A group of oil-pipe makers led by United States Steel Corp. (X) filed a U.S. trade complaint against competitors in nine nations, alleging goods from those countries were sold in the U.S. market below cost and, in some cases, benefited from government subsidies.
The U.S. coalition made the complaint with the International Trade Commission today in Washington. Countries named in the complaint are India, Korea, the Philippines, Saudi Arabia, Taiwan, Thailand, Turkey, Ukraine and Vietnam. U.S. Steel and Tenaris SA (TEN) rose in New York.
Producers including U.S. Steel won U.S. duties averaging 86 percent on Chinese pipes used in oil and gas wells, after complaining in a similar case brought in 2009 that they were being hurt by below-market prices for Chinese products. The latest case, if successful, would be a “landmark record win for the U.S. steel industry” because it would create a defense against imported oil-pipe products, said Michelle Applebaum, managing partner at consultant Steel Market Intelligence in Chicago.
Eoin Treacy's view On seeing Rio Tinto’s positive production results on Tuesday my curiosity was piqued as to how this might be affecting the wider iron-ore and steel sectors. Since they have been among the most unloved globally for the last few years, a change in the supply/demand dynamics for the sectors is likely to be noteworthy.
The basic resources and steel sectors have some of the more attractive valuations for their respective markets. David has highlighted on a number of occasions that powerful rallies by the resources sector, from depressed levels, is often a signal of a late in the cycle move, as laggards are favoured for catch-up plays. As a result there are two ways of interpreting such an eventuality. The momentum that such moves are capable of producing reflects a viable trading opportunity. However from a macro perspective, the return to outperformance of a cyclical sector such as resources suggests that we may be approaching the latter stages of the medium-term bull market cycle. In any case these sectors are worth monitoring.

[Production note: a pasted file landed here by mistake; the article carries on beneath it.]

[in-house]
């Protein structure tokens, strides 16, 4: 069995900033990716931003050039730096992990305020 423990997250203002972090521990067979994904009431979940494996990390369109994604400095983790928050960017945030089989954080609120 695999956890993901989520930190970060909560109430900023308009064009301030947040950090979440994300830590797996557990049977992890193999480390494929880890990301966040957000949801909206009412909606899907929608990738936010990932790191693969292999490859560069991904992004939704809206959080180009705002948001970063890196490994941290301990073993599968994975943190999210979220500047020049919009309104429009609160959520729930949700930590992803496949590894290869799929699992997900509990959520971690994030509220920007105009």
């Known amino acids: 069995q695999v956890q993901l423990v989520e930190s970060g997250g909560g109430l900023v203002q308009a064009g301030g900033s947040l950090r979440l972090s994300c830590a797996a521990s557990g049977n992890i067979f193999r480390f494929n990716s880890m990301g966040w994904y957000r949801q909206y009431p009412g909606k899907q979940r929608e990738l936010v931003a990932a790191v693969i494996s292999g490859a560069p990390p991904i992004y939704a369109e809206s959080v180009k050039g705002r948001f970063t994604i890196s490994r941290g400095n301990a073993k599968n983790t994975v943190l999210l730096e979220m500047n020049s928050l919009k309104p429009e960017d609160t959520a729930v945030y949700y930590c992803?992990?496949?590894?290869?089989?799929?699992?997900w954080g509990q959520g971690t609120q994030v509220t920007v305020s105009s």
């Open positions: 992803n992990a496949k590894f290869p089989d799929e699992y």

In addition to Rio Tinto, two of the most notable performers in the iron-ore sector are Fortescue Metals and VALE. Fortescue Metals is one of the primary pure plays on iron-ore. The share found support in the region of the 2012 lows, near A$3, in July and has staged an impressive rebound to post new 12-months highs. While somewhat overbought in the short term, a clear downward dynamic would be required to check momentum. For the first time since 2010, VALE found support this week in the region of the 200-day MA. A sustained move below the trend mean would be required to check potential for additional upside.
The steel sector has suffered from a confluence of negative factors since 2009. Among these have been slowing global growth, massive oversupply and China’s attempts to curtail property speculation. The fact that the Eurozone is emerging from recession, the Japanese economy is growing at its fastest pace in decades and the USA is growing modestly suggests that the global growth is less of a headwind for the sector. China’s attempt to clamp down on overinvestment in the infrastructure sector has been a headwind. However, if they effectively rationalise inefficient elements of the sector and embark on affordable home building as planned the oversupply of Chinese steel should become less of a factor for international competitors. What does appear clear from the above article is that the US steel sector is attempting to combat competition regardless. (Also see Comment of the Day on August 14th).
Italy listed Tenaris, Austria listed Voestalpiine, US listed Nucor, Commercial Metals and Carpenter Technologies are testing the upper side of multi-year ranges.
Netherlands listed Arcelor Mittal, US listed United Steel and Allegheny Technologies have all pushed back above their respective 200-day MAs for the first time in a number of years suggesting demand is returning to dominance beyond the short term.
As a leader in the production of gas cylinders Worthington Industries is among the better performers in the steel sector. The share broke out of a decade long range at the end of last year and continues to hold a progression of higher reaction lows. (Also see Comment of the Day on December 31st).